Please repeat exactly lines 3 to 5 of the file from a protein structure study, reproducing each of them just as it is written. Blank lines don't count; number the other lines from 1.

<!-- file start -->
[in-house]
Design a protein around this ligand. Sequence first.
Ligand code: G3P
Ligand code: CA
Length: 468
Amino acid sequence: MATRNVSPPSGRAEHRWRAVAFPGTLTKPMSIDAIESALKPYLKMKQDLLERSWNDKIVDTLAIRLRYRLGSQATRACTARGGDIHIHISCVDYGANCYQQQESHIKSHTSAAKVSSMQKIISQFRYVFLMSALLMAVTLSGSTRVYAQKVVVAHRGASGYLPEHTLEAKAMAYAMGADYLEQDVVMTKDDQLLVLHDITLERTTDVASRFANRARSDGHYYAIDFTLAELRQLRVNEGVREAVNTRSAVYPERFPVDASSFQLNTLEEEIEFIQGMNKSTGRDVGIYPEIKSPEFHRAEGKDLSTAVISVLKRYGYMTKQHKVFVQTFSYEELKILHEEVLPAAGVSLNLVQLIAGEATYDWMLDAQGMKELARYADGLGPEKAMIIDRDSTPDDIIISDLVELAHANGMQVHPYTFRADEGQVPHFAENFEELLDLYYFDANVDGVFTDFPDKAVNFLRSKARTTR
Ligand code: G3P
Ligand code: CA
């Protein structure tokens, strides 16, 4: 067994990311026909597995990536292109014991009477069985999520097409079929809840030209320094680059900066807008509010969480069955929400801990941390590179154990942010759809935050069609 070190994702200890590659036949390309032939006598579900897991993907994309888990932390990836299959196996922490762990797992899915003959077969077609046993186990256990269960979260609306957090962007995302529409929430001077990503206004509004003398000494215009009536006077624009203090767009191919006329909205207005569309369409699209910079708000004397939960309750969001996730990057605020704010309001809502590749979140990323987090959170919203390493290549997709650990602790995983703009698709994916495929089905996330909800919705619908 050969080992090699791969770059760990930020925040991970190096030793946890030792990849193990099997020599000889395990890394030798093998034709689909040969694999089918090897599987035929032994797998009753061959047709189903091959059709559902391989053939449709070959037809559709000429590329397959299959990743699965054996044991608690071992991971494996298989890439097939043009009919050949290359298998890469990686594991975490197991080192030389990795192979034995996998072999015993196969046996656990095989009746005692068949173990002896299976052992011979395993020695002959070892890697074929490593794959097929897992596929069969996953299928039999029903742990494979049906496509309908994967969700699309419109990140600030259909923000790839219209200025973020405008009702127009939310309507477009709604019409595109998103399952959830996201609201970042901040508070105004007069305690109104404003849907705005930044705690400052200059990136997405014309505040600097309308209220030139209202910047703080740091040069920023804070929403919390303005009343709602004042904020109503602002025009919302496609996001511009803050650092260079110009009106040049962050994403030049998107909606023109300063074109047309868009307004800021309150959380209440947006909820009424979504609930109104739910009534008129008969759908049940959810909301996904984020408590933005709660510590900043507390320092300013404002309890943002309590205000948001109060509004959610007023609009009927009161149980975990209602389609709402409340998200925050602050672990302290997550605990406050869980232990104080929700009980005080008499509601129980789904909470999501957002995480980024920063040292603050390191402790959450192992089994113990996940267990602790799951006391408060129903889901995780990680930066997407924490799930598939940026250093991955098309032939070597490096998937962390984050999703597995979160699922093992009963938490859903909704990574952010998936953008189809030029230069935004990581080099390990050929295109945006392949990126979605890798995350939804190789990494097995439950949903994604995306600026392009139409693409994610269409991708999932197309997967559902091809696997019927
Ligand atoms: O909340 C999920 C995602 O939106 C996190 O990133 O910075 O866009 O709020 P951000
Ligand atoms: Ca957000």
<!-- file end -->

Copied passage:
Ligand code: G3P
Ligand code: CA
Length: 468